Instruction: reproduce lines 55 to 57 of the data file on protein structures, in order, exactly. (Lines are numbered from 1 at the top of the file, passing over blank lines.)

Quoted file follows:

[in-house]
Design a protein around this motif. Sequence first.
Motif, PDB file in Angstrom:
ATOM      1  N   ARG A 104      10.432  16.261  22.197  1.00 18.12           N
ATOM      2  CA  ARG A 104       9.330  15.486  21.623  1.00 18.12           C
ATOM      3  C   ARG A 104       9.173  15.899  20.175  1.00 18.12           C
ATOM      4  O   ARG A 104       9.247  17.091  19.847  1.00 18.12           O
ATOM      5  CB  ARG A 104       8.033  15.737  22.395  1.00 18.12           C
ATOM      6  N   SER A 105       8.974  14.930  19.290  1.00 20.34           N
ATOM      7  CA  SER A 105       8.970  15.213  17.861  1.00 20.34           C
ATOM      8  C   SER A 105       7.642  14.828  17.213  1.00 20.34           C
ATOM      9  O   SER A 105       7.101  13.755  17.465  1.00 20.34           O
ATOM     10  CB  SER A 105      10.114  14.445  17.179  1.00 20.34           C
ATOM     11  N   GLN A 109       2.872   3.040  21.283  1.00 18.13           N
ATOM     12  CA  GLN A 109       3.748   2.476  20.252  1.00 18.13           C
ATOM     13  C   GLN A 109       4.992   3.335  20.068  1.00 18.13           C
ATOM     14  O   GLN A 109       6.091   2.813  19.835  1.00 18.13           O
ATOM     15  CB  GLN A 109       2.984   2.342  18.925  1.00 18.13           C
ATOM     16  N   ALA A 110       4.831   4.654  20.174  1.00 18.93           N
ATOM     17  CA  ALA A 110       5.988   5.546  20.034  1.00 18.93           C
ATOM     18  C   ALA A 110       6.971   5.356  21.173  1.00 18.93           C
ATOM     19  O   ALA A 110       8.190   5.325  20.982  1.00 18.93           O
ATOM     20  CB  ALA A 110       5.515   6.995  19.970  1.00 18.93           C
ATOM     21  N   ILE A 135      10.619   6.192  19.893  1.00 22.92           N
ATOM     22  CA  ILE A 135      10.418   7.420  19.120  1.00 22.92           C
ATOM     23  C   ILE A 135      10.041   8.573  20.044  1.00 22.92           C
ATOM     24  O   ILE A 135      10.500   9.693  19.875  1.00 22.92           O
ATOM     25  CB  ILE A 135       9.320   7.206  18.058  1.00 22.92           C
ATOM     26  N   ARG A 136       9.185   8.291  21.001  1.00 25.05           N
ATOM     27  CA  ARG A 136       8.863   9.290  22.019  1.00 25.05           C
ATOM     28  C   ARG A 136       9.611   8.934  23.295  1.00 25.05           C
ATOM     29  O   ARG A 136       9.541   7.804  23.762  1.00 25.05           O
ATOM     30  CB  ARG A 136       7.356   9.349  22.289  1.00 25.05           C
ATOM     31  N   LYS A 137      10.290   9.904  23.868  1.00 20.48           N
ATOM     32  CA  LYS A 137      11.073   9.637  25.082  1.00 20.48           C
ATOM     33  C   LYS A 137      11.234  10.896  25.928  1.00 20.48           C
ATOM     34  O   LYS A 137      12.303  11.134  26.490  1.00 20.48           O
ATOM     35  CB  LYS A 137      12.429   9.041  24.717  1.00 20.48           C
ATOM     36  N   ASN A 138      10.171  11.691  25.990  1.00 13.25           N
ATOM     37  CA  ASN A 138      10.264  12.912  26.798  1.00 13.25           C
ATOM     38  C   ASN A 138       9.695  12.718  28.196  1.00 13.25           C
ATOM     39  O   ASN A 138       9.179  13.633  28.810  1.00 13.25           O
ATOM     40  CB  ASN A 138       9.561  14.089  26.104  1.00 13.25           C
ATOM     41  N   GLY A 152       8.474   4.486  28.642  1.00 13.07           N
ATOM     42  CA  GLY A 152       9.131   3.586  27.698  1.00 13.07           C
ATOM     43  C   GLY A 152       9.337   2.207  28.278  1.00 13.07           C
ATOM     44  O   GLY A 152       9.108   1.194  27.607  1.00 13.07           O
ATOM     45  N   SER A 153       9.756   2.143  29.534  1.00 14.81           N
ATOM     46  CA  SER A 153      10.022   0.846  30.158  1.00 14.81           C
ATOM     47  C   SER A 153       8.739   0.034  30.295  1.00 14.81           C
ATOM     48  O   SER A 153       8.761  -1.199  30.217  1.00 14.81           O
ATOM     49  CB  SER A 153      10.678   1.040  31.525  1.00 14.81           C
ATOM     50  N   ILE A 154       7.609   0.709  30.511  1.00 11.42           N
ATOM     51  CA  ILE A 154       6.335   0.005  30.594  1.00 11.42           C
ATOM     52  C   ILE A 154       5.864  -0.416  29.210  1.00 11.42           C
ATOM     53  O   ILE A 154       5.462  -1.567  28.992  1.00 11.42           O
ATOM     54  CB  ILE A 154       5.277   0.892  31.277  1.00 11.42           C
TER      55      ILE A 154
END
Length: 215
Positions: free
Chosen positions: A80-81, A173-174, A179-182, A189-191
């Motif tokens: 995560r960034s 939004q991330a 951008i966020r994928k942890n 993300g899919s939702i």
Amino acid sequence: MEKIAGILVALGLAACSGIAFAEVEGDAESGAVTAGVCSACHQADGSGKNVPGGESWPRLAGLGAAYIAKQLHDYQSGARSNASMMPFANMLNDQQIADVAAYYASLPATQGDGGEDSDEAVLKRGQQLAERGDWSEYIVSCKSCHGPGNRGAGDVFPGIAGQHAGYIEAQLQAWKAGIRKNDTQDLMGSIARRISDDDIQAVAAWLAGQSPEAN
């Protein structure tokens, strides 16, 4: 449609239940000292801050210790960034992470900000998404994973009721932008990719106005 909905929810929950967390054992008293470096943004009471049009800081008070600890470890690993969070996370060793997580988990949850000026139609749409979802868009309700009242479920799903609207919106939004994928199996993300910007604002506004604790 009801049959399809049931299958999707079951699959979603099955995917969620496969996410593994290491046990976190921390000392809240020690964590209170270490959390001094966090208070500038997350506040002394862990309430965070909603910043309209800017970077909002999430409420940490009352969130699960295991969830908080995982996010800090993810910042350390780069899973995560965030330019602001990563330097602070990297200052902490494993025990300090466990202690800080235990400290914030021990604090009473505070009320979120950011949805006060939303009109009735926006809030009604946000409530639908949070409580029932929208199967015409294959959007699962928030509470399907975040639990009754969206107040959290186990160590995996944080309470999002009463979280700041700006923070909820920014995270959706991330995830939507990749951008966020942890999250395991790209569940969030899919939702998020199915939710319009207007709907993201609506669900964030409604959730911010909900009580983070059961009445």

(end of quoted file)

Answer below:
ATOM     52  C   ILE A 154       5.864  -0.416  29.210  1.00 11.42           C
ATOM     53  O   ILE A 154       5.462  -1.567  28.992  1.00 11.42           O
ATOM     54  CB  ILE A 154       5.277   0.892  31.277  1.00 11.42           C